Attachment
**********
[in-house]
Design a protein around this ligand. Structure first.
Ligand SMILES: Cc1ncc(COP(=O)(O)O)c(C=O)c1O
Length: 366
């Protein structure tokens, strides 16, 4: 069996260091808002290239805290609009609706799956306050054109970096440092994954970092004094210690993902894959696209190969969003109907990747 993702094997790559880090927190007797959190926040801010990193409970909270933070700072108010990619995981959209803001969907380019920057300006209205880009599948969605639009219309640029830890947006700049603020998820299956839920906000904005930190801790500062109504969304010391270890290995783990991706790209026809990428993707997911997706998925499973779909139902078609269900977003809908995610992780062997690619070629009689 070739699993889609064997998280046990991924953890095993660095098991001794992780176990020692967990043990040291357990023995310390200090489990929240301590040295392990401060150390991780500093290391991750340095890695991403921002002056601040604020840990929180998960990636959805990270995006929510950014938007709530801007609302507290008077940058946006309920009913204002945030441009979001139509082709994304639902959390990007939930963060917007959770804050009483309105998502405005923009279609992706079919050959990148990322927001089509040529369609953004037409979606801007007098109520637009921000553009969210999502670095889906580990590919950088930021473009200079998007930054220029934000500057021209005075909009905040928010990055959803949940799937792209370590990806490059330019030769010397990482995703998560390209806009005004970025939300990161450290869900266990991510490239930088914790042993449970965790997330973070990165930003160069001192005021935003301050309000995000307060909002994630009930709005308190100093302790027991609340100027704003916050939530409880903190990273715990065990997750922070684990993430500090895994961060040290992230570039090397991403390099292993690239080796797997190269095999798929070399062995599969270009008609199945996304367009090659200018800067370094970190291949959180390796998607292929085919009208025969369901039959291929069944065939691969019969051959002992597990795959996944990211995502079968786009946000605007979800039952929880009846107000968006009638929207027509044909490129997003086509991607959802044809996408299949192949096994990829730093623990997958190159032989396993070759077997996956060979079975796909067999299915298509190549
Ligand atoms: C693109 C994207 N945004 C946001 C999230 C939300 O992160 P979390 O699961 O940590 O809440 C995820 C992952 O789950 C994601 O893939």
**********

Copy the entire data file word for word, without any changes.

[in-house]
Design a protein around this ligand. Structure first.
Ligand SMILES: Cc1ncc(COP(=O)(O)O)c(C=O)c1O
Length: 366
């Protein structure tokens, strides 16, 4: 069996260091808002290239805290609009609706799956306050054109970096440092994954970092004094210690993902894959696209190969969003109907990747 993702094997790559880090927190007797959190926040801010990193409970909270933070700072108010990619995981959209803001969907380019920057300006209205880009599948969605639009219309640029830890947006700049603020998820299956839920906000904005930190801790500062109504969304010391270890290995783990991706790209026809990428993707997911997706998925499973779909139902078609269900977003809908995610992780062997690619070629009689 070739699993889609064997998280046990991924953890095993660095098991001794992780176990020692967990043990040291357990023995310390200090489990929240301590040295392990401060150390991780500093290391991750340095890695991403921002002056601040604020840990929180998960990636959805990270995006929510950014938007709530801007609302507290008077940058946006309920009913204002945030441009979001139509082709994304639902959390990007939930963060917007959770804050009483309105998502405005923009279609992706079919050959990148990322927001089509040529369609953004037409979606801007007098109520637009921000553009969210999502670095889906580990590919950088930021473009200079998007930054220029934000500057021209005075909009905040928010990055959803949940799937792209370590990806490059330019030769010397990482995703998560390209806009005004970025939300990161450290869900266990991510490239930088914790042993449970965790997330973070990165930003160069001192005021935003301050309000995000307060909002994630009930709005308190100093302790027991609340100027704003916050939530409880903190990273715990065990997750922070684990993430500090895994961060040290992230570039090397991403390099292993690239080796797997190269095999798929070399062995599969270009008609199945996304367009090659200018800067370094970190291949959180390796998607292929085919009208025969369901039959291929069944065939691969019969051959002992597990795959996944990211995502079968786009946000605007979800039952929880009846107000968006009638929207027509044909490129997003086509991607959802044809996408299949192949096994990829730093623990997958190159032989396993070759077997996956060979079975796909067999299915298509190549
Ligand atoms: C693109 C994207 N945004 C946001 C999230 C939300 O992160 P979390 O699961 O940590 O809440 C995820 C992952 O789950 C994601 O893939």